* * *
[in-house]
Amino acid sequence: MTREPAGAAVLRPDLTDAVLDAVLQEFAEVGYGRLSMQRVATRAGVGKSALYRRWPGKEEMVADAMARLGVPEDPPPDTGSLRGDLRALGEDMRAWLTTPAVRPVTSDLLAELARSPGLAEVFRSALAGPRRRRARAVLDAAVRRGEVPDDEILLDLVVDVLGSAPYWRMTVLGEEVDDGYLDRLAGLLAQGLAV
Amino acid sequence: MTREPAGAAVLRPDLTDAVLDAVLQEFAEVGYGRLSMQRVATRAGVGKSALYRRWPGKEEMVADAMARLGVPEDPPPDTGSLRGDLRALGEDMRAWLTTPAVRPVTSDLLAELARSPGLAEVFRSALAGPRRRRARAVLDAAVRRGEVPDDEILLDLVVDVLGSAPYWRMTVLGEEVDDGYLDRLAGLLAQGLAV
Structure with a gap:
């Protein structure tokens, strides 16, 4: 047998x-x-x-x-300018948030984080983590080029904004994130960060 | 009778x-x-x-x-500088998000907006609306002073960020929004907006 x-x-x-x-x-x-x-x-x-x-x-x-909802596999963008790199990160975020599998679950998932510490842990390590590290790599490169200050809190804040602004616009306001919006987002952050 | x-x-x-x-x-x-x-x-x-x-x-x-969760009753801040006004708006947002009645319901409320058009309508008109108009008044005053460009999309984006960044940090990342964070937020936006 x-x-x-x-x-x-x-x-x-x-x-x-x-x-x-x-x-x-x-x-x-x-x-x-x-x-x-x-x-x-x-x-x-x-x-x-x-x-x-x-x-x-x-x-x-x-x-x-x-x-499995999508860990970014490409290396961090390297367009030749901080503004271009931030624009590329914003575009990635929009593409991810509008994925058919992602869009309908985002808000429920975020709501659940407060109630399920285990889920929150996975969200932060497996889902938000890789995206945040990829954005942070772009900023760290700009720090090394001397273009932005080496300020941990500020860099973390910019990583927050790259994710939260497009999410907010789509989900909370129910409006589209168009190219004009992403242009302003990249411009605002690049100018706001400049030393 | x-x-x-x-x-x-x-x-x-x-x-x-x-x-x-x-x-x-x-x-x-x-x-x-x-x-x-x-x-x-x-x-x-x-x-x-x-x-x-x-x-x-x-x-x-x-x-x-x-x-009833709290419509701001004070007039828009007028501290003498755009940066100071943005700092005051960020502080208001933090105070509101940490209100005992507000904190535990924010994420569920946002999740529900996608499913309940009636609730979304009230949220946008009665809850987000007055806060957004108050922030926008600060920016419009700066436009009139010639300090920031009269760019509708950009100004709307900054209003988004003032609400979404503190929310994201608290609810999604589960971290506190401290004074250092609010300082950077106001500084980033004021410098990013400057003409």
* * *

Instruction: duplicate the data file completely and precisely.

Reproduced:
[in-house]
Amino acid sequence: MTREPAGAAVLRPDLTDAVLDAVLQEFAEVGYGRLSMQRVATRAGVGKSALYRRWPGKEEMVADAMARLGVPEDPPPDTGSLRGDLRALGEDMRAWLTTPAVRPVTSDLLAELARSPGLAEVFRSALAGPRRRRARAVLDAAVRRGEVPDDEILLDLVVDVLGSAPYWRMTVLGEEVDDGYLDRLAGLLAQGLAV
Amino acid sequence: MTREPAGAAVLRPDLTDAVLDAVLQEFAEVGYGRLSMQRVATRAGVGKSALYRRWPGKEEMVADAMARLGVPEDPPPDTGSLRGDLRALGEDMRAWLTTPAVRPVTSDLLAELARSPGLAEVFRSALAGPRRRRARAVLDAAVRRGEVPDDEILLDLVVDVLGSAPYWRMTVLGEEVDDGYLDRLAGLLAQGLAV
Structure with a gap:
């Protein structure tokens, strides 16, 4: 047998x-x-x-x-300018948030984080983590080029904004994130960060 | 009778x-x-x-x-500088998000907006609306002073960020929004907006 x-x-x-x-x-x-x-x-x-x-x-x-909802596999963008790199990160975020599998679950998932510490842990390590590290790599490169200050809190804040602004616009306001919006987002952050 | x-x-x-x-x-x-x-x-x-x-x-x-969760009753801040006004708006947002009645319901409320058009309508008109108009008044005053460009999309984006960044940090990342964070937020936006 x-x-x-x-x-x-x-x-x-x-x-x-x-x-x-x-x-x-x-x-x-x-x-x-x-x-x-x-x-x-x-x-x-x-x-x-x-x-x-x-x-x-x-x-x-x-x-x-x-x-499995999508860990970014490409290396961090390297367009030749901080503004271009931030624009590329914003575009990635929009593409991810509008994925058919992602869009309908985002808000429920975020709501659940407060109630399920285990889920929150996975969200932060497996889902938000890789995206945040990829954005942070772009900023760290700009720090090394001397273009932005080496300020941990500020860099973390910019990583927050790259994710939260497009999410907010789509989900909370129910409006589209168009190219004009992403242009302003990249411009605002690049100018706001400049030393 | x-x-x-x-x-x-x-x-x-x-x-x-x-x-x-x-x-x-x-x-x-x-x-x-x-x-x-x-x-x-x-x-x-x-x-x-x-x-x-x-x-x-x-x-x-x-x-x-x-x-009833709290419509701001004070007039828009007028501290003498755009940066100071943005700092005051960020502080208001933090105070509101940490209100005992507000904190535990924010994420569920946002999740529900996608499913309940009636609730979304009230949220946008009665809850987000007055806060957004108050922030926008600060920016419009700066436009009139010639300090920031009269760019509708950009100004709307900054209003988004003032609400979404503190929310994201608290609810999604589960971290506190401290004074250092609010300082950077106001500084980033004021410098990013400057003409």